Gove 1) ‘Cabinet row’ between the Levelling-Up Secretary and Braverman holds up publication of Prevent counterterrorism review

“A long-awaited overhaul of the government’s counter-extremism programme has been delayed because of a cabinet row between Suella Braverman and Michael Gove, The Times has learnt. Braverman, the home secretary, is ready to publish the independent review of the Prevent programme and accept all its recommendations, according to government sources said, but Gove, who holds the brief for levelling up, housing and communities, has objections about the way it is being presented. William Shawcross, the author of the review, is said to be “increasingly frustrated and annoyed” that it has taken so long to publish…The report is expected to criticise several organisations and highlight how some Prevent-funded groups have promoted extremist narratives.” – The Times

  • The report on how the safeguarding scheme can be improved to stop the radicalisation of young Muslims is overdue and must be published in full, despite the Cabinet row – The Times

Gove 2) He signs off on ‘historic’ £1.4 billion devolution deal for a directly elected mayor for the North East

“The North East of England is set to become the latest region to have a directly elected mayor, as the Government announced a new £1.4 billion devolution deal for the region. Hailed as a “significant step” by local politicians, Michael Gove, the Levelling Up Secretary, said that a new devolution deal would bring fresh powers over skills, transport and housing to people across Northumberland, Newcastle upon Tyne, Sunderland and elsewhere. The devolution plan would see the introduction of a new directly elected mayor, with proposals for elections to take place in May 2024 following a consultation process. This latest deal to be agreed by the Government would deliver £1.4 billion over the next 30 years, with fresh powers over the adult education budget…” – The Daily Telegraph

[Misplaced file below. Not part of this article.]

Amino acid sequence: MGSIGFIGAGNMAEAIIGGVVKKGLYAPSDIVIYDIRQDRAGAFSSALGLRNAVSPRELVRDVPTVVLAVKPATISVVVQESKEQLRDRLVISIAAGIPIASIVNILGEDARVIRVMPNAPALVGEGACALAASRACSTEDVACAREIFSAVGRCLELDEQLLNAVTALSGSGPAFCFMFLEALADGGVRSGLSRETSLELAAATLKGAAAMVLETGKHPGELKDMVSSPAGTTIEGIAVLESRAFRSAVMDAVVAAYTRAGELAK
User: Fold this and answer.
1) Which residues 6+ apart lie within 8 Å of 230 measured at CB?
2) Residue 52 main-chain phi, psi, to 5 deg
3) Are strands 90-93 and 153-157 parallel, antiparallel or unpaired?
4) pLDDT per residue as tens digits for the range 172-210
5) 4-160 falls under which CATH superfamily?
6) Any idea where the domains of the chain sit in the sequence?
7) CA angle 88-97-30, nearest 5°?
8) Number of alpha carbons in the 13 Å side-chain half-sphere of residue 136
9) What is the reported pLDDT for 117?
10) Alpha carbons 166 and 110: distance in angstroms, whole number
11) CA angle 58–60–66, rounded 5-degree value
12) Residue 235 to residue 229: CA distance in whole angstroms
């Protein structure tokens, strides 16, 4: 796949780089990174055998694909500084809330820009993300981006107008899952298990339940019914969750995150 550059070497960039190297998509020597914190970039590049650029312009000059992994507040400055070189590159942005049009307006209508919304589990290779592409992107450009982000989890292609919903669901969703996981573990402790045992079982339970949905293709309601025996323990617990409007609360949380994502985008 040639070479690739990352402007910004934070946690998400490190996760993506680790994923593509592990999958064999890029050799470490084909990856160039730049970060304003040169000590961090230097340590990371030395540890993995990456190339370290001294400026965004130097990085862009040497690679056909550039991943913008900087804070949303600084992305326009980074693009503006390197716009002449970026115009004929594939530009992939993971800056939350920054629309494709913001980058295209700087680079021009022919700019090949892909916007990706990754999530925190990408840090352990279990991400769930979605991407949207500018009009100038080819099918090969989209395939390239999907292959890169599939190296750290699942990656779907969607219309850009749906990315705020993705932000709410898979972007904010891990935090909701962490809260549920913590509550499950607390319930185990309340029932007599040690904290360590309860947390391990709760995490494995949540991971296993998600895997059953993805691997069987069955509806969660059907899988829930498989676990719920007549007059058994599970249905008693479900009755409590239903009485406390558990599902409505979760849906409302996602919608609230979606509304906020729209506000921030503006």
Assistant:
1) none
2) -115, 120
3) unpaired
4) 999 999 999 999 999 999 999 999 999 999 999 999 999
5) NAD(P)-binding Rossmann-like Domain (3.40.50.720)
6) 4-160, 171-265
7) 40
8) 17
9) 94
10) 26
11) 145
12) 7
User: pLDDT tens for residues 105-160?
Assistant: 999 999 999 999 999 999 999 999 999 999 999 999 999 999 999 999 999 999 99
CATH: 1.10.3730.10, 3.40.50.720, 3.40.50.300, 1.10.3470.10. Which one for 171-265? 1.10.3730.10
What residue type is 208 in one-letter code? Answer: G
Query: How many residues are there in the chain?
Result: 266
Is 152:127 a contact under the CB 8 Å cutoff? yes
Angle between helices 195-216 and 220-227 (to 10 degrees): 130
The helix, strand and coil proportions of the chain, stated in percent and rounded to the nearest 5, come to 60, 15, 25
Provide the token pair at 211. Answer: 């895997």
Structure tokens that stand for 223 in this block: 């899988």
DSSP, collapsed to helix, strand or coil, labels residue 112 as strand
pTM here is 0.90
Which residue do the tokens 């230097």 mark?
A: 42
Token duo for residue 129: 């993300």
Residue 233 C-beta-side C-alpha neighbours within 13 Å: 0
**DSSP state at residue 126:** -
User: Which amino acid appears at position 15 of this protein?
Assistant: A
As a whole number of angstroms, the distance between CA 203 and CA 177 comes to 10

Mercer: Military champions ‘could be deployed’ to help veterans adjust to civilian life